Aucklanders and restaurants embrace UberEats
Some central Auckland restaurants were inundated with online orders on Thursday as customers embraced Uber's new on-demand food delivery service, UberEats.
Bagel chain Best Ugly Bagels had nine orders within the first hour and a half of the mobile application's launch.
One breakfast order for an office totalled more than $100.
Uber's spokesman Caspar Nixon said the busyness at Best Ugly Bagels and japanese restaurant &Sushi, indicated a positive response.
READ MORE: UberEats launches food delivery services in Auckland
He said the introduction of UberEats to New Zealand was beneficial for restaurants because they could increase their customers and revenue without increasing overhead costs.
The app launched with menus from 70 Auckland restaurants including the popular chains &Sushi and Little Bird Unbakery and fine dining establishments Miann and Molten.
UberEats will deliver within central Auckland suburbs between Parnell and Eden Park, but has plans to expand into other suburbs.
Restaurants who sign up to UberEats pay a service fee to Uber.
"UberEats is less controversial [than Uber] because it's not disrupting an entire industry but it's still innovative for restaurants who previously did not offer takeaway," Nixon said.
Melbourne burger chain On It Burger rented a commercial kitchen in Sydney to meet UberEats customer demands.
That was an example of restaurants innovating to reach more customers for less money as they didn't have to build an entire restaurant in a new city, Nixon said.
Al Brown and Co general manager Stuart Robertson said if demand for takeaway services like UberEats grew, he would add extra resources to cater for it.
However, the takeaway service would not spell the end of in-house dining, he said.
"No matter how strong UberEats becomes, it's not going to be the same as coming in … and getting great service."
Competing takeaway delivery service Delivereasy launched in Auckland last week in a move to pre-empt UberEats' arrival.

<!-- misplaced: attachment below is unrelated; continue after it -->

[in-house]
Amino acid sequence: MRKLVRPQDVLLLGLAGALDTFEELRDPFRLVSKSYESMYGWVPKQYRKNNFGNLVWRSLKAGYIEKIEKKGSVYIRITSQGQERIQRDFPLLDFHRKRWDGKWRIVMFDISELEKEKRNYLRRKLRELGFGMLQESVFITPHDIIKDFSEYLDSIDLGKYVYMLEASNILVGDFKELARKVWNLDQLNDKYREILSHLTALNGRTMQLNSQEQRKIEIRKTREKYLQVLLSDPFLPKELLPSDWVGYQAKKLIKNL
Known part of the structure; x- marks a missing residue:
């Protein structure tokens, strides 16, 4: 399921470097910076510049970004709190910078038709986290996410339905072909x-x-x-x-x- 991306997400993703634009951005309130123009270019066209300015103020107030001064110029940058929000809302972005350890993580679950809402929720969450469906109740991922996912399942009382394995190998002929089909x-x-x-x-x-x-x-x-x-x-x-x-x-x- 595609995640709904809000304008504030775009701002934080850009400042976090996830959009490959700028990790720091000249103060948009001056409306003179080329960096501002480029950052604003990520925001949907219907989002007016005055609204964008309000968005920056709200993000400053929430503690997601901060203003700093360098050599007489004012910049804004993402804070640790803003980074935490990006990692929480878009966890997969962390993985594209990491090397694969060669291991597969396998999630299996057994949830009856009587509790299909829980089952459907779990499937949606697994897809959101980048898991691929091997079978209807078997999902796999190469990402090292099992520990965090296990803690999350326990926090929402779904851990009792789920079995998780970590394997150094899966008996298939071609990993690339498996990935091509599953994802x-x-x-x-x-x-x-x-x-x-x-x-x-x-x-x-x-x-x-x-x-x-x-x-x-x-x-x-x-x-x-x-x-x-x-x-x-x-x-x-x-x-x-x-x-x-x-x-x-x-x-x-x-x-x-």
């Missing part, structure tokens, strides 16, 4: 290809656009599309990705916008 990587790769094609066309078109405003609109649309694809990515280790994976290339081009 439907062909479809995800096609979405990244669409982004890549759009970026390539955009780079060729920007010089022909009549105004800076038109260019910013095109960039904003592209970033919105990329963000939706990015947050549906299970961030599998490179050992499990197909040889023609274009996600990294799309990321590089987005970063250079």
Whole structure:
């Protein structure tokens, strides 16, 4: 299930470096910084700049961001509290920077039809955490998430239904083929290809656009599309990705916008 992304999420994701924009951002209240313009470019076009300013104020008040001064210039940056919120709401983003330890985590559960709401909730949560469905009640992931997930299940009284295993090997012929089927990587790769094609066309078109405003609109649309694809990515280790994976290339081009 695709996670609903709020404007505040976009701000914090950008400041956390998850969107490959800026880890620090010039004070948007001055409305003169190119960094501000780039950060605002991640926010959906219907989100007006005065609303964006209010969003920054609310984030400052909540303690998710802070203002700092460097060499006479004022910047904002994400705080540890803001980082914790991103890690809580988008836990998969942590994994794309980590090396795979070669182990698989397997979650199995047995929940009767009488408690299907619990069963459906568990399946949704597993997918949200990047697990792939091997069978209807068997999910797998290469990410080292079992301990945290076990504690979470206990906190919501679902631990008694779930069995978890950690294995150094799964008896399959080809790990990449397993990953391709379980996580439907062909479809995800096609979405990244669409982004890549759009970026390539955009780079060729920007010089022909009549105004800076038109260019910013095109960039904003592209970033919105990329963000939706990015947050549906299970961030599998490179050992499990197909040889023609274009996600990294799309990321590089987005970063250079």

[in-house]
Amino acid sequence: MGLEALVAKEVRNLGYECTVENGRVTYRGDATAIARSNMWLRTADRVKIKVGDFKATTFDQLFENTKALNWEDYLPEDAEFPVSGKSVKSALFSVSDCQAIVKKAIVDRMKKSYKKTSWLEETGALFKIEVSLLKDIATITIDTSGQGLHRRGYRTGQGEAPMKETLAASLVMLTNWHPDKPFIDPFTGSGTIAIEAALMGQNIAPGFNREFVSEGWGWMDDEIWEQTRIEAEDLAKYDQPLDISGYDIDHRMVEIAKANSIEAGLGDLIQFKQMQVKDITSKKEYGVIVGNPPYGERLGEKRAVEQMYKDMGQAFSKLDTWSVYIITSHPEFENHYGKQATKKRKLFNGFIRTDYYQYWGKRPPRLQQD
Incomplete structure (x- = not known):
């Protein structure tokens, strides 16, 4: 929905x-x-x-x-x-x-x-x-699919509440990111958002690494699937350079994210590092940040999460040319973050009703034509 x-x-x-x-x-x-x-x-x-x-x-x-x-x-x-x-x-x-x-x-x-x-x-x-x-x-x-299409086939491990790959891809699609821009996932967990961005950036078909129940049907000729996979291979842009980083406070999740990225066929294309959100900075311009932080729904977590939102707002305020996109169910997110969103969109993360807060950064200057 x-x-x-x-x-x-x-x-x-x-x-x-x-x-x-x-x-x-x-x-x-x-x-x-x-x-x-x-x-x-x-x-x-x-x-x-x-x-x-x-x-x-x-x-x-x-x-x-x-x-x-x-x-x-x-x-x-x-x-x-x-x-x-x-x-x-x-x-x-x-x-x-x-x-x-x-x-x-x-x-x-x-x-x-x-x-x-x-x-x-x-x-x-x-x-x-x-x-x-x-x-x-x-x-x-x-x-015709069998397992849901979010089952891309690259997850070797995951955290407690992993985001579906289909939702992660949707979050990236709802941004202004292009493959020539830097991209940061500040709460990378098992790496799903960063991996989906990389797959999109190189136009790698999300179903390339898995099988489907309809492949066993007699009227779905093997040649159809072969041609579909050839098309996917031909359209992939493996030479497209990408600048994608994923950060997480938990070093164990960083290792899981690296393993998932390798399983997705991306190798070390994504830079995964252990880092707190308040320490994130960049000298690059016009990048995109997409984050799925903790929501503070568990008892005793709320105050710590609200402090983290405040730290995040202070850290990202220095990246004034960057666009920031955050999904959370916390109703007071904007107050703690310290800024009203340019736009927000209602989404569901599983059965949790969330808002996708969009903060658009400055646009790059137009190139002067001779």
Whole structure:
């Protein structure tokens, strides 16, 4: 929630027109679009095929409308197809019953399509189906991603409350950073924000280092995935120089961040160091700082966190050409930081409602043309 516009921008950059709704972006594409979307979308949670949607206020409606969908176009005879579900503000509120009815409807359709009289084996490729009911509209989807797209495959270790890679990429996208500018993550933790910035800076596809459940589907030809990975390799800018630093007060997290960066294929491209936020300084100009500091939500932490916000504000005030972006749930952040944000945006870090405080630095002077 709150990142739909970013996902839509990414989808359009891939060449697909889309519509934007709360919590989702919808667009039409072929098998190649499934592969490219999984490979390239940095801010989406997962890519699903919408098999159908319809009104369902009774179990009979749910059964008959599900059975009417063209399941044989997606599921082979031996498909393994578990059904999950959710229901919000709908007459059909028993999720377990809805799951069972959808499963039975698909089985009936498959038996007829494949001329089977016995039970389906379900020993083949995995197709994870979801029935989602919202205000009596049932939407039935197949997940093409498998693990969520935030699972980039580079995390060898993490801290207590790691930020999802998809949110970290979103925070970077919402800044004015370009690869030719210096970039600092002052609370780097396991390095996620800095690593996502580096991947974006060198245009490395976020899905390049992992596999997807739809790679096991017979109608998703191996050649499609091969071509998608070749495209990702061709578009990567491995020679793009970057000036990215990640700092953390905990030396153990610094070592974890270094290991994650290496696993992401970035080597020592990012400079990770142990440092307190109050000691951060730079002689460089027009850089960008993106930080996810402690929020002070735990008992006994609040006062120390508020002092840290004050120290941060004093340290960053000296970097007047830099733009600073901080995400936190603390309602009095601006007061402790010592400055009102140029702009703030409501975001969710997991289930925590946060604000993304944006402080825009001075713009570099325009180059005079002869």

Delivereasy co-founder Nick Foster said there was room for competition because his business focused on "cheap and cheerful" restaurants.
Nixon would not disclose how much it pays UberEats drivers in New Zealand.
In August last year, UberEats couriers in London protested over pay cuts which they claimed led them to earning below the minimum wage.
Uber driver, Gurpreet Goraya is also an UberEats courier.
Goraya said it would work for him because it allowed him to earn income during quiet Uber ride times.
The app allows drivers like him to complete Uber passenger rides and pick up and deliver meals for near-by customers.
Another arm of Uber, UberVino, launched in Adelaide, Australia last week.
The service allows passengers to hire an Uber at an hourly rate for a prolonged time.
The idea, originally launched in California's Napa Valley, was introduced for passengers visiting wineries who did not want to drink and drive or choose a designated driver.
Despite New Zealand's extensive wine industry, Nixon said there were "no current plans" to bring UberVino here.
But, car pooling service UberPool would eventually come to New Zealand.
The service alerts Uber drivers when passengers are travelling in the same direction so they can share the ride to reduce cost and environmental harm.
Nixon said UberPool was available in 30 cities and would work well in a congested city like Auckland.